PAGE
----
08 May 2013

pep talk ii: making friends

Dear Submit-O-Ramers:

We are now midway through the second week of the May Submit-O-Rama. Already some of you have had success, and others have already received some of those pesky rejection letters. Some of you have met your goals thus far, and others are already slipping behind. Some of you are having a blast … and some of you may be ready to blast your submissions to smithereens.

May Submit-O-Rama: Making Friends (Pep Talk II)

Notice I said “some” … not “someone.” No matter where you are in the Submit-O-Rama, you are not alone. Yet this is the point where some of us probably feel a little alone. We’re not sure where we should be submitting. We’re not sure if we’re doing something right or not. We doubt whether or not we’ll see any good results before this whole adventure is over. We miss the familiar comfort of our writing nooks. The fact of the matter is, the submission process is often a lonely one, because most often we are in it alone. But I want to remind you: that’s not the case this month.

Part of the goal of the Submit-O-Rama is not only to get individuals submitting their work more than they have in the past … it’s also to engage in that submission process in unison. As a writer, part of what drives me is engaging with other writers. That’s usually in the writing process (you have no idea how badly I miss getting together with some poet pals and banging out a few poems in communion with each other), but it can also be so very helpful in the submission process. To have at least one other person who, when I get a rejection, says, “Don’t worry—I just got some, too. We’ll get accepted somewhere soon,” means so much. One dear friend from grad school is, in my opinion, well on his way to being the next big thing in poetry; even when he’s getting accepted seemingly everywhere (that’s an exaggeration, but seriously, he’s great) and I’m getting rejected seemingly everywhere (another exaggeration, but you get the point), he manages to make me feel like I’m two seconds from being the next Poet Laureate. Having just one person there to support you in this hard work can make all the difference.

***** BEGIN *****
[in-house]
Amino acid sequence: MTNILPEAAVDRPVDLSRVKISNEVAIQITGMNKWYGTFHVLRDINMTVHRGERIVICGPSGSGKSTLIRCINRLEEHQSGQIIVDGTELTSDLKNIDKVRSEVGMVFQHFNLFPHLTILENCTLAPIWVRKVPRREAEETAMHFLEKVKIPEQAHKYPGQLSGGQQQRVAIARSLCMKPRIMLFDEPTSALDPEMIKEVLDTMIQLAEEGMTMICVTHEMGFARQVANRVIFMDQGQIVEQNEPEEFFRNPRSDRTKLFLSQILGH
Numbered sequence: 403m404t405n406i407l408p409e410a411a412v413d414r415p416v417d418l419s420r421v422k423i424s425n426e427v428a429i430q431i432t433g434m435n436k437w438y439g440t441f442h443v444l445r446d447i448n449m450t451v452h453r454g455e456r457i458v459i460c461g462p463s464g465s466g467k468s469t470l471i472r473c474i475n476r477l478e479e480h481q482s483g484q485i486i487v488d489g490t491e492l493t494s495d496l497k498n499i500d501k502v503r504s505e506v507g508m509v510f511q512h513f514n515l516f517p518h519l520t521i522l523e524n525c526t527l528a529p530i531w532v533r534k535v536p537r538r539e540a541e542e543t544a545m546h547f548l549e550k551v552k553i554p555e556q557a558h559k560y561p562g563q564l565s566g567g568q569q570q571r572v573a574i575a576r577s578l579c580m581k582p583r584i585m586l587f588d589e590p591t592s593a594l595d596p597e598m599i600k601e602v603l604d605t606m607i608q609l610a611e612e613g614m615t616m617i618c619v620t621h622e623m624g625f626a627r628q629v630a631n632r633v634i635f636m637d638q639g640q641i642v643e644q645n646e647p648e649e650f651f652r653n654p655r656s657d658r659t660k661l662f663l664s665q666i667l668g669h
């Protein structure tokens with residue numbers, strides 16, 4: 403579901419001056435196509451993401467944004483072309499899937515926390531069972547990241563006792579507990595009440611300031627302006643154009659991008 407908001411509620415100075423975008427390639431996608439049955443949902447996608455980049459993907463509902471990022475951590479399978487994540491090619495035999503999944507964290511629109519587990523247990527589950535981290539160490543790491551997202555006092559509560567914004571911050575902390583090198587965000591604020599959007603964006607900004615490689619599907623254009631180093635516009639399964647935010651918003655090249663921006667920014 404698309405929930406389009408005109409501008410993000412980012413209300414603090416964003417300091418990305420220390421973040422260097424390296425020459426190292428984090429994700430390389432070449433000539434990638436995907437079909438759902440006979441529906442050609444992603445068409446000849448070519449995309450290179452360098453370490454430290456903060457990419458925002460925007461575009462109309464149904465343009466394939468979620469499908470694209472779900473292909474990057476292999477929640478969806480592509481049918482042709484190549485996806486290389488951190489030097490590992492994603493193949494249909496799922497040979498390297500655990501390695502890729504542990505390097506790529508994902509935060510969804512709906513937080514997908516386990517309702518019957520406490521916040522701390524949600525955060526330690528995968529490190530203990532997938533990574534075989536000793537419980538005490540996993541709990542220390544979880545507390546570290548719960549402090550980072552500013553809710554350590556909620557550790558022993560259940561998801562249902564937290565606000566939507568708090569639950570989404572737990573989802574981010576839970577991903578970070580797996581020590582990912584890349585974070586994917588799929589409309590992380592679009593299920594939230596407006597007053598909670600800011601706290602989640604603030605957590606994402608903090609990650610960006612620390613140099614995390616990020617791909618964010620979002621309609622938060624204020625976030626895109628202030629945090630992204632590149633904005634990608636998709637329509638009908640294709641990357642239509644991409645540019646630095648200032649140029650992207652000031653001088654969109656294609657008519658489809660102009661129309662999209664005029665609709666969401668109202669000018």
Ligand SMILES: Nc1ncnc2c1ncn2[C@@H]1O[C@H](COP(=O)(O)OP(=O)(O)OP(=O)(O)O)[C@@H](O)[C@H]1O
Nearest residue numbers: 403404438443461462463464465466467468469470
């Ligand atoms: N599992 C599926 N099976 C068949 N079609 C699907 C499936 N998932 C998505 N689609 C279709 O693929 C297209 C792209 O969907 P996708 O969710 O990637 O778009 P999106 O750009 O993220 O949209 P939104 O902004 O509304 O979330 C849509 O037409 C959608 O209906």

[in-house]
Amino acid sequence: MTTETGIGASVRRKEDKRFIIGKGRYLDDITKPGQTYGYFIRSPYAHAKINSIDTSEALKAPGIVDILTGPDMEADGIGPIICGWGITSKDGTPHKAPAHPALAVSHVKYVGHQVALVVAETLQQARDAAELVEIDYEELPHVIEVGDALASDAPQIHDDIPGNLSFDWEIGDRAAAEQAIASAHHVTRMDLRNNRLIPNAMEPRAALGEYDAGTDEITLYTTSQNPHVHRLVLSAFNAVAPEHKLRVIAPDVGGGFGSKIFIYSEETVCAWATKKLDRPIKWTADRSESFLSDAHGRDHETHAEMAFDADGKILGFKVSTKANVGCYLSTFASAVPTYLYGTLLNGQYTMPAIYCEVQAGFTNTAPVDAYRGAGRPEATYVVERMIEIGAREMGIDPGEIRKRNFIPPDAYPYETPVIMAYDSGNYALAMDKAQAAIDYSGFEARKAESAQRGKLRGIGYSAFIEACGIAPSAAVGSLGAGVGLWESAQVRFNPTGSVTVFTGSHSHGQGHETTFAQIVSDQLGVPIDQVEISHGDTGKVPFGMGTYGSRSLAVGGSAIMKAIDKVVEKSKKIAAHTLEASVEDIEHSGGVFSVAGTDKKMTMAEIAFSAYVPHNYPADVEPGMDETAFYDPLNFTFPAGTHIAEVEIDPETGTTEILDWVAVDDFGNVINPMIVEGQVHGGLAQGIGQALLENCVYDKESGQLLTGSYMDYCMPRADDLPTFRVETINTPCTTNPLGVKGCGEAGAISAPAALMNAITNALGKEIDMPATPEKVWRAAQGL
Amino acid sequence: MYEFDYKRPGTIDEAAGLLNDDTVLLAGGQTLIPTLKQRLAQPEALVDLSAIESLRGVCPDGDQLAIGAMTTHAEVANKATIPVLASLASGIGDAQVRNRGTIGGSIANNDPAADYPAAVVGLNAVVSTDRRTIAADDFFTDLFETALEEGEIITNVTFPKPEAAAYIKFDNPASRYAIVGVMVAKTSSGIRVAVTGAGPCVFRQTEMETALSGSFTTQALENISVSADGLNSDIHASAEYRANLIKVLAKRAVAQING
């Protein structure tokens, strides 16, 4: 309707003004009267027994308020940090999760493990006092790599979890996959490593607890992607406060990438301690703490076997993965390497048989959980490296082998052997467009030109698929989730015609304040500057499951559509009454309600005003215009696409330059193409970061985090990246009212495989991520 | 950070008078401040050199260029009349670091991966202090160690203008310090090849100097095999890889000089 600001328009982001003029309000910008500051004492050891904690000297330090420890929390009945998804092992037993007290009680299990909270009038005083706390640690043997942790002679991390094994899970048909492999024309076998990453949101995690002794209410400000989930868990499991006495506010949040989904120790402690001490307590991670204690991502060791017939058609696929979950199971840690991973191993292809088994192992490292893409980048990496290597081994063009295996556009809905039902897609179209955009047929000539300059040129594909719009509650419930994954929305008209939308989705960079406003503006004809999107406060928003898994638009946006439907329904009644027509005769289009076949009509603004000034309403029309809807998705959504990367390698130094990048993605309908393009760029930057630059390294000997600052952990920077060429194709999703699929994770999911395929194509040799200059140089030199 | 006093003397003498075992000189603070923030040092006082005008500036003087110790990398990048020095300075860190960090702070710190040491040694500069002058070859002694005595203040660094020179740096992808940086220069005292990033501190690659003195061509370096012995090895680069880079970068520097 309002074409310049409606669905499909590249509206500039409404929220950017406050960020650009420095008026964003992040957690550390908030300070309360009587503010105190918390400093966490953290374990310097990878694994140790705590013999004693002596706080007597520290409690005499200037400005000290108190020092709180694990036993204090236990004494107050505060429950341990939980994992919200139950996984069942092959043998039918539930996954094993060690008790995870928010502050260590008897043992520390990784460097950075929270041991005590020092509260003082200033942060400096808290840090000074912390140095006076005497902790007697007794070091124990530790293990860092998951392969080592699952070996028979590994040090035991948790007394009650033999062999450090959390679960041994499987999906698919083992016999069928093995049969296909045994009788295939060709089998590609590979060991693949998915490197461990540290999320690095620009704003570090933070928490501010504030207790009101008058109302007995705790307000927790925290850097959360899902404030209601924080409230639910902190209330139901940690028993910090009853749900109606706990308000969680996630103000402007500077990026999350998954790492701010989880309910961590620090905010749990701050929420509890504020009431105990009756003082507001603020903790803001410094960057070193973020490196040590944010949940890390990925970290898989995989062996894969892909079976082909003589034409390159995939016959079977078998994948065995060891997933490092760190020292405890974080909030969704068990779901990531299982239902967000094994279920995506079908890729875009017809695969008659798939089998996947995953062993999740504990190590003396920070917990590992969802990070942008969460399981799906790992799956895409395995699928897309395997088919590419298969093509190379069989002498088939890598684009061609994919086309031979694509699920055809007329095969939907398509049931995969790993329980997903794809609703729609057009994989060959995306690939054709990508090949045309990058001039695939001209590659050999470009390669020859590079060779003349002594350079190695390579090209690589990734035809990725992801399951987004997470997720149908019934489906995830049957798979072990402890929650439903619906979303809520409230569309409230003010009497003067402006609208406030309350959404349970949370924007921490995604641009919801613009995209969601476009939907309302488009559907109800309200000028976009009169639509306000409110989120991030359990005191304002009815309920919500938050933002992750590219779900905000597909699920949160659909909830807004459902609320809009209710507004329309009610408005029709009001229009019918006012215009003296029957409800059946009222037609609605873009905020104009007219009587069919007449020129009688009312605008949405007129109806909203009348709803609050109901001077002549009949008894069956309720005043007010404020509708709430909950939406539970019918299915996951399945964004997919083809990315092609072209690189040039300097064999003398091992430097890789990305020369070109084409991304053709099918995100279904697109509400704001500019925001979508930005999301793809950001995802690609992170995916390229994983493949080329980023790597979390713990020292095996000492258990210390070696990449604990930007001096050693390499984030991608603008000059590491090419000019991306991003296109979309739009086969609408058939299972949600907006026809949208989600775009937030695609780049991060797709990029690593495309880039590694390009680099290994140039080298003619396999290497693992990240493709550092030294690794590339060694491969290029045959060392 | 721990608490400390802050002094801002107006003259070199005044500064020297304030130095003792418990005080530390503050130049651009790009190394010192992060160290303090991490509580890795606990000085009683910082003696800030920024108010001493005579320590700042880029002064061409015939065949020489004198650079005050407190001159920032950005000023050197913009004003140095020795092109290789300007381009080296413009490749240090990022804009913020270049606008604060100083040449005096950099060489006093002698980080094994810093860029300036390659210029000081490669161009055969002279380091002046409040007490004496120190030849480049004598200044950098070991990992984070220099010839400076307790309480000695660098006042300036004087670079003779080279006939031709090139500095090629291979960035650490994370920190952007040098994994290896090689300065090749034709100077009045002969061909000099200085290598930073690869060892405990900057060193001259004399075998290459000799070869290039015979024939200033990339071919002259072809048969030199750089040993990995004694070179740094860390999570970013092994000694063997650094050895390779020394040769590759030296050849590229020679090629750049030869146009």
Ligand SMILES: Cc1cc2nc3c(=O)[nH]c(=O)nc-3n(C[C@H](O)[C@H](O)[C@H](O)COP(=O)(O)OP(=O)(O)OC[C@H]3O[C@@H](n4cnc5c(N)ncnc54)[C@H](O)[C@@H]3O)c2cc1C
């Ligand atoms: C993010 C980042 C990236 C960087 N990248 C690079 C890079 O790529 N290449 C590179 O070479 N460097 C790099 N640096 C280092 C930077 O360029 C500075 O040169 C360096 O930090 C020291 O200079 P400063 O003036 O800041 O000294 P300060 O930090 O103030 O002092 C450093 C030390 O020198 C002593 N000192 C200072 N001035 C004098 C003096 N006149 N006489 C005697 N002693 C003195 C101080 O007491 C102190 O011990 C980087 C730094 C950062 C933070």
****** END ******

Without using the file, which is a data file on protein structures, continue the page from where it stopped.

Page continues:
That’s why this challenge comes with outlets for sharing your experience with others. The forums you can access at the top of the page were first created back in October, when the first Submit-O-Rama took place. Community has always been a big part of Our Lost Jungle—creating an encouraging place for writers to not only get advice but also find support—but when it came to the Submit-O-Rama I wanted to make sure there was an extra space where folks could share questions, advice, resources, and more. Whether you’re having a hard time figuring out where to submit next, or you need some encouragement after a rejection, or you want to share the joy of a recent acceptance, or you’re just looking to procrastinate for a minute in the midst of this challenge, the Community Forums are there for you! And if things are a little quiet in your challenge forum … well, what better time to get the conversation started on your own?


Today’s task, and your task for the rest of this week, is to hit up one of the Submit-O-Rama forums and start sharing with some of your peers. If you think of this as a camping expedition, your challenge forum is your “tent,” and everyone taking part in the same challenge is your bunk mate. If your tent is a little quiet, go campfire on the situation and join in another tent’s party. Also, don’t forget the Facebook Event Page, where some folks have been sharing their experiences so far in this event! Share, like, comment, and embrace the community of Submit-O-Ramers you’re not officially a part of!

Your Turn: Where do you go when you need encouragement with your writing? Share your support strategies and resources in the comments below, and then stop by the Community Forums and start chatting up your tents!


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Check out the six Our Lost Jungle Submit-O-Rama Challenges!:


  1. I'm not much of a chatter when it comes to my poetry. When I need support, it's not for rejections, but dithering on submitting, on whether a poem is ready. I have four possibilities to turn to: my husband, for a non-poet opinion, my son for a poet's opinion, and a good cyber-friend, for straight talk from a poet.

    1. Thanks for sharing, Margo! I admit, I tend to do better sharing my poeming experiences over a meal than over a modem! I love that you have multiple sources of feedback ... and especially that at least one of them is a non-poet perspective, which I think writers often overlook as a source of valuable opinions!


Thank you so much for your comments! Please feel free to share your thoughts here; I look forward to engaging in conversation with you!

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